Procedural calls are a way of directly calling a function which is global in scope. This means it is not a member of any object and can be called by any other function that is within scope of it. In JS-Xtract, all the features are supplied as procedural calls. Each function accepts a data, usually as an array, and some extra arguments should they be required. The individual function pages will give an overview of each function

In JavaScript we can calculate the mean of a signal

```
// Assume the wave is contained in wave
var wave = new Float64Array(1024);
var mean = xtract_mean(wave);
console.log(mean);
// Will display the mean in the browser console
```

Procedural calls enable the feature extraction library to be modified into many different formats without actually modifying the functions being operated upon. This way we can have Object-Oriented calls as well as callback functions all using procedural calling.

Procedural calls enable complex features to be derived easily by stacking them into a chain. For instance we could calculate the loudness from a time domain source

```
var N = 1024;
var sampleRate = 44100.0;
var wave = new Float64Array(N);
// Assume the wave is contained in wave
// Calculate the spectrum with a sample rate of 44.1kHz
var spectrum = xtract_spectrum(wave,sampleRate,true,false);
// Define the boundaries for the bark bands
var barkBands = xtract_init_bark(N/2+1);
// Calculate the bark band coefficients
var barkCoeffs = xtract_bark_coefficients(spectrum,barkBands);
// Process the bark band coefficients to get the loudness
var loudness = xtract_loudness(barkCoeffs);
// Display the loudness in the console
console.log(loudness);
```

Chaining the feature extraction functions together like this has one key advantage over the C library style calls. Take the following function call `xtract_variance(data, mean)`

. The function call for the variance requires the data array and the mean of the data. We could process it like this:

```
var mean = xtract_mean(data);
var variance = xtract_variace(data, mean);
// Or in one line:
var variance = xtract_variance(data,xtract_mean(data));
```

The JavaScript langauge defines a special object called "undefined" which allows an argument to be ignored, or a variable to be created but not assigned anything. In traditional langauges, like C, if I write `float mean;`

, then the value 'mean' will be created and will be populated with some giberish. If I then passed that in to a function, on execution the function will see a number and execute using that number giving undefined results! However there is no way to detect that. In javascript, if I write the equivalent `var mean;`

, then the 'mean' is given the value of "undefined". Because of this state we can detect it. For the xtract_variance instance above, we can write the following:

`var variance = xtract_variance(data);`

On execution, the mean is still passed but is "undefined". Instead of throwing an error, the function simply calculates the mean in-place, uses it and discards it. This makes processing simpler especially for use once variables. However, do note that if you are using functions which are all using the same underlying feature, such as the mean, it may be more efficient to call xtract_mean and store the variable to pass through.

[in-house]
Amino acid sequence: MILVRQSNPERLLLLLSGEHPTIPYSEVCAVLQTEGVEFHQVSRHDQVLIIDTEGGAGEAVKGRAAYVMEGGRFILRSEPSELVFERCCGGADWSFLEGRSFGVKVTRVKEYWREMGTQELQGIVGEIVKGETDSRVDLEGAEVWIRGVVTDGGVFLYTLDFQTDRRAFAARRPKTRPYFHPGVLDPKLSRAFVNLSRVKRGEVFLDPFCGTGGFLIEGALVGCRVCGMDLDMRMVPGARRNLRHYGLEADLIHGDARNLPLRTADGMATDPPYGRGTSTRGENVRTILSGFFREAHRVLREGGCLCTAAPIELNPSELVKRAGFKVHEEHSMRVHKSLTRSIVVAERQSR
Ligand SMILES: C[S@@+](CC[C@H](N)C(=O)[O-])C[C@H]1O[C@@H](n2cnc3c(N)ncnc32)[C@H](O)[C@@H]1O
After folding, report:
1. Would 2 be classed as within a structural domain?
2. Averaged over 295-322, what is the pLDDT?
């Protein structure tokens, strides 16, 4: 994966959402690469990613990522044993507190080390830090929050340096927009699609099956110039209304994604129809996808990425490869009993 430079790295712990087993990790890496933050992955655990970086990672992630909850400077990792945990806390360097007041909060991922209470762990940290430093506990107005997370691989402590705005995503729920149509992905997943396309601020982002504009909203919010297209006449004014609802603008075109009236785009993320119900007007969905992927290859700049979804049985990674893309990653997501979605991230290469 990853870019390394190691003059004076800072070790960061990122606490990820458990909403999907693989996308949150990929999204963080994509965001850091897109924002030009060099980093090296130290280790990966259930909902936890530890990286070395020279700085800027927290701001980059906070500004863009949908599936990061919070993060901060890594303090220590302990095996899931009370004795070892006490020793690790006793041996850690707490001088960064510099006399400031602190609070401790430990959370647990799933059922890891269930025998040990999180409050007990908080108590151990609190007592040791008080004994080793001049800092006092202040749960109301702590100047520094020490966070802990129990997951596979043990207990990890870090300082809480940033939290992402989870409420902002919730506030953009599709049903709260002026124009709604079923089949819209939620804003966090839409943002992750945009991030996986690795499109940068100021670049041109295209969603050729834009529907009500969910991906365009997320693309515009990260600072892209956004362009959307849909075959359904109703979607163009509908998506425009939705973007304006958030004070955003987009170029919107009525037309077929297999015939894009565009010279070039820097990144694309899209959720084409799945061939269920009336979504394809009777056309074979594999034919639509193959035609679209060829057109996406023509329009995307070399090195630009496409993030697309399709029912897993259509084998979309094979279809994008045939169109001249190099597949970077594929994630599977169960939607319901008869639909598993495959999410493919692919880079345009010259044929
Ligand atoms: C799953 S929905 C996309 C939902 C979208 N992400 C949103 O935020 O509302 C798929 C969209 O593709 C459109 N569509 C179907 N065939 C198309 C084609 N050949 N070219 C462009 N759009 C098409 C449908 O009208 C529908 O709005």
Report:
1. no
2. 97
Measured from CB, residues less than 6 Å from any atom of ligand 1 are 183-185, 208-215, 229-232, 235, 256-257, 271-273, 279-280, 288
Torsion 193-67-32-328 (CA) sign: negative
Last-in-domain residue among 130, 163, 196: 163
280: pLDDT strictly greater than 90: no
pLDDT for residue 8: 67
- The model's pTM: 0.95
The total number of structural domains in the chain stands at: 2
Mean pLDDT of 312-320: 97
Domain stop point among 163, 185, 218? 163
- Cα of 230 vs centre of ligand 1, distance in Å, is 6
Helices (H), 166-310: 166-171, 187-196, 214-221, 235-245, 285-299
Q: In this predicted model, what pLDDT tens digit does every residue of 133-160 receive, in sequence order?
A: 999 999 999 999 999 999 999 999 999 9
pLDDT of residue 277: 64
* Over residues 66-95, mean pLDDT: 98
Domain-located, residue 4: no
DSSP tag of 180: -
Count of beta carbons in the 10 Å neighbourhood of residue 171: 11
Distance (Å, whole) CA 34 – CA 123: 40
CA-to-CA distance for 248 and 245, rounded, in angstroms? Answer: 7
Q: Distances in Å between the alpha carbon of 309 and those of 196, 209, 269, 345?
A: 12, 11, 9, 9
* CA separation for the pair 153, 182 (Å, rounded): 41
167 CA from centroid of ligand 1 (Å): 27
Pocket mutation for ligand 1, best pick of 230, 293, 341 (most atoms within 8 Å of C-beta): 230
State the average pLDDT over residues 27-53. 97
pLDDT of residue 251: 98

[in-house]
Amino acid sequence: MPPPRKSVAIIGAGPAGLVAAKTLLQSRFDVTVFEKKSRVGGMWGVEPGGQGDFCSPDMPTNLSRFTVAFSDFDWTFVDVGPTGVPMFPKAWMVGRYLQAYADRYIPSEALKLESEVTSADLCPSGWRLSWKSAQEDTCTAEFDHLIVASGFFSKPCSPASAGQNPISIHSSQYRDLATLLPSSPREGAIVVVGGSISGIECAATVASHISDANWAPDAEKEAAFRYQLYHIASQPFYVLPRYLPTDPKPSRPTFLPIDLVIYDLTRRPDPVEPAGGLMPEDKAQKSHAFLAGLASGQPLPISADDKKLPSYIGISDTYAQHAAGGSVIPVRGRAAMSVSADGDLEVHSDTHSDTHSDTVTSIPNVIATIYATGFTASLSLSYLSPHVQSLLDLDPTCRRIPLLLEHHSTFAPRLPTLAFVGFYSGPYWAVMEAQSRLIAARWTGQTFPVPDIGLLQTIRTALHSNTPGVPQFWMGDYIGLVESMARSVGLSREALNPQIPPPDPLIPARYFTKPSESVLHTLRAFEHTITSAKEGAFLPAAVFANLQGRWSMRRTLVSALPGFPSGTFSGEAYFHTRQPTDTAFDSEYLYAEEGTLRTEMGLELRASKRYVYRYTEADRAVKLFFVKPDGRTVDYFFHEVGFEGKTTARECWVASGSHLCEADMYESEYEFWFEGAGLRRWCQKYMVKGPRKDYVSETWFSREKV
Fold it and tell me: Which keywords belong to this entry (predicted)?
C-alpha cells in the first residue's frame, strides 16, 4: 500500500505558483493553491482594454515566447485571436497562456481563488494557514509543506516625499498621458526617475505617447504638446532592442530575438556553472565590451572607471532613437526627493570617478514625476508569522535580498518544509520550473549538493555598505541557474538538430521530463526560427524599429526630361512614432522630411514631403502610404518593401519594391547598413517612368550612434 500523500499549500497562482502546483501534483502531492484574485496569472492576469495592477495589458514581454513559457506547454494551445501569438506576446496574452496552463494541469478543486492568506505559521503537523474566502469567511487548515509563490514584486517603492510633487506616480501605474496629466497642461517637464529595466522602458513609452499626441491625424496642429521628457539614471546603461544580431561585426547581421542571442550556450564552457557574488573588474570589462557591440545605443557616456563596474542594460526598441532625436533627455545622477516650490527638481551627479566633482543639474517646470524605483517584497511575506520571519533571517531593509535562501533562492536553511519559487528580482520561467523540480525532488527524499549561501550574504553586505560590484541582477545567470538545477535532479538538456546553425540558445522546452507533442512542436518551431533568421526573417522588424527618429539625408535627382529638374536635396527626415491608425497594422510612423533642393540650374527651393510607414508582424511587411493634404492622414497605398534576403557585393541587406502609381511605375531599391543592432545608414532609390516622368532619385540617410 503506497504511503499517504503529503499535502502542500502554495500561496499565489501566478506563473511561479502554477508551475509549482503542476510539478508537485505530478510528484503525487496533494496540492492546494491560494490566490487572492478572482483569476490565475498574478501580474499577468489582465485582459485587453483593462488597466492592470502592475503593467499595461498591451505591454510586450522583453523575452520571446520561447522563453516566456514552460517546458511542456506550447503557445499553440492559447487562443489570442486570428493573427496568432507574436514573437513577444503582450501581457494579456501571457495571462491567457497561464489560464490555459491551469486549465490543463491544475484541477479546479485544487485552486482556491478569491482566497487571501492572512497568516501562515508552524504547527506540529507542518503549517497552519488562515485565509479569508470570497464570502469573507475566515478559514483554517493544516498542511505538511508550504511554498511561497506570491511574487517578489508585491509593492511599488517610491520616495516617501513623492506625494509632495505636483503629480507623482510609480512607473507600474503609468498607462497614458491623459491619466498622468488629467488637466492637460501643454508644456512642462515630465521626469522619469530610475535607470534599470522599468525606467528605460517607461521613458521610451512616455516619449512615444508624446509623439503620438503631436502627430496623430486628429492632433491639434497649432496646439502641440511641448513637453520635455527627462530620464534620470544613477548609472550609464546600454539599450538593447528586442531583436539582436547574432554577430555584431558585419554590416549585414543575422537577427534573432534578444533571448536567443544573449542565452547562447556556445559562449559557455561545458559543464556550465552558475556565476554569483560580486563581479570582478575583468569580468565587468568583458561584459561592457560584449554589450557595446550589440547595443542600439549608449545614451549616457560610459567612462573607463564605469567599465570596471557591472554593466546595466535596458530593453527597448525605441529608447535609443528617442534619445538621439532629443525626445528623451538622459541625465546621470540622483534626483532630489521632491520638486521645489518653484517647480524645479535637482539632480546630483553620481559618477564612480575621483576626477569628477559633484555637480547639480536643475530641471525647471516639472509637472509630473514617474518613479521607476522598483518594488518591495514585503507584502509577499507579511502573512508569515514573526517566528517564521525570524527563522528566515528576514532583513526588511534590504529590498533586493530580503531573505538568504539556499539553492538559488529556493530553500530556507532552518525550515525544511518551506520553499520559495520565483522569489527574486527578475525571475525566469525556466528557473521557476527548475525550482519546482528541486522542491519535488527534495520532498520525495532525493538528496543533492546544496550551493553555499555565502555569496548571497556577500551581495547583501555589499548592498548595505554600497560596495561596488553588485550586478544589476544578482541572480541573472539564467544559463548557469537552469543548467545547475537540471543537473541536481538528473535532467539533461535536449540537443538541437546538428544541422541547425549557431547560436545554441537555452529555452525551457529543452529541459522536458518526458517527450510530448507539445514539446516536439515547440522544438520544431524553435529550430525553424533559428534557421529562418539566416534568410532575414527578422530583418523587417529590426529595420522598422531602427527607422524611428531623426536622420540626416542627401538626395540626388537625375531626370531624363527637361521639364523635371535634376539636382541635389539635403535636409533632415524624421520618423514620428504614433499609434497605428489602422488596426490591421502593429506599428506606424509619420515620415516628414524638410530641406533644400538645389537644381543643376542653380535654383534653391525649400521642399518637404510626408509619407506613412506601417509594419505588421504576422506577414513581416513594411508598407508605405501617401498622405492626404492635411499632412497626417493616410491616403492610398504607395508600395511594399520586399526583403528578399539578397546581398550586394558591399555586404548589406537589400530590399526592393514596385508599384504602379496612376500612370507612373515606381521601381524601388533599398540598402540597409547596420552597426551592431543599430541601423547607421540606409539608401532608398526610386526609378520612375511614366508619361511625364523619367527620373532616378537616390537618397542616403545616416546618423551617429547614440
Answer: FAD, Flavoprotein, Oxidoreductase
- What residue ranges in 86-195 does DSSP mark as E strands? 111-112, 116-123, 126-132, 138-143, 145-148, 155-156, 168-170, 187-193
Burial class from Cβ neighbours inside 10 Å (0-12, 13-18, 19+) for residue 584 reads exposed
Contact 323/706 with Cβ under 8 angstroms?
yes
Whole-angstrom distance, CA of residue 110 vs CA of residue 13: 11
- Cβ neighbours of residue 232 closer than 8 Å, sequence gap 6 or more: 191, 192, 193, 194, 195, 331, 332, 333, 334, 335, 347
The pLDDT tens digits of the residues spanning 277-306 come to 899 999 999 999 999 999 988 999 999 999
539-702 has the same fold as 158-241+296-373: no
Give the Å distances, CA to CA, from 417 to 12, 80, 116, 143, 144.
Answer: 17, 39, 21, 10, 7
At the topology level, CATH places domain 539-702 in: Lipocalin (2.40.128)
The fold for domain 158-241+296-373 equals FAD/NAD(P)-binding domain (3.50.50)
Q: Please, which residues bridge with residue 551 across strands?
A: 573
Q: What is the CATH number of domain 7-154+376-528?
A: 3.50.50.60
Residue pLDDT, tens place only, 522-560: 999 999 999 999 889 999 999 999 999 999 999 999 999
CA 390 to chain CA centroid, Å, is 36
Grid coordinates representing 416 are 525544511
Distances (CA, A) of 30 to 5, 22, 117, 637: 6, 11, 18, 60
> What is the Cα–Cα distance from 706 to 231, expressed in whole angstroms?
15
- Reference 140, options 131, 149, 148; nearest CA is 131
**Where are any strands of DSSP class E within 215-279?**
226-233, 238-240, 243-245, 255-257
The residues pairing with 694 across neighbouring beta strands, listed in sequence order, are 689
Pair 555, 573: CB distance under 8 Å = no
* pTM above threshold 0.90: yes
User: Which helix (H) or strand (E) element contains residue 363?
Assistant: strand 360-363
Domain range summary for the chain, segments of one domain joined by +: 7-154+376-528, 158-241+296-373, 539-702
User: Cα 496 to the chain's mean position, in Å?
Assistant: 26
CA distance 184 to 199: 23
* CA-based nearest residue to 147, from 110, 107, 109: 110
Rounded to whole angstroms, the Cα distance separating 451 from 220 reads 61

There is a key double-edged sword to this though. The kurtosis function is a key example of this. The function takes three arguments, the data, mean and spectral_deviation. If only the data argument is supplied, the mean and spectral deviation have to be calculated. The function header is as follows:

```
if (typeof mean != "number") {
mean = xtract_mean(array);
}
if (typeof standard_deviation != "number") {
standard_deviation = xtract_standard_deviation(array, xtract_variance(data, mean));
}
```

So firstly, it determines if the `mean`

variable is a number, if not it calculates the mean. The same is done for the standard deviation, however the standard deviation takes the variance. Now the function detects it must have a valid mean in there (either passed in or just calculated) so it calls the xtract_variance straight away, saving on computing the mean again. This variance is fed straight into the stanrd_deviation function and is therefore discarded. The real danger here is, the variance may have actually been computed somewhere else, but we cannot pass in the variance directly. The other major danger is if we then call, for example, the skewness which takes the same arguments. All the data is computed internally again, although we have actually computed this already. Therefore it is impertitive in time sensitive operations to keep function calls and variables that may be re-used.

The information in the temporal feature list give the argument, the expected data type and if the argument is mandatory. If it is not mandatory, then the auto-compute function is shown. For the kurtosis feature, the standard_deviation function has the auto-complete variable of `xtract_standard_deviation(array, xtract_variance(data, mean));`

showing you the exact features that are called.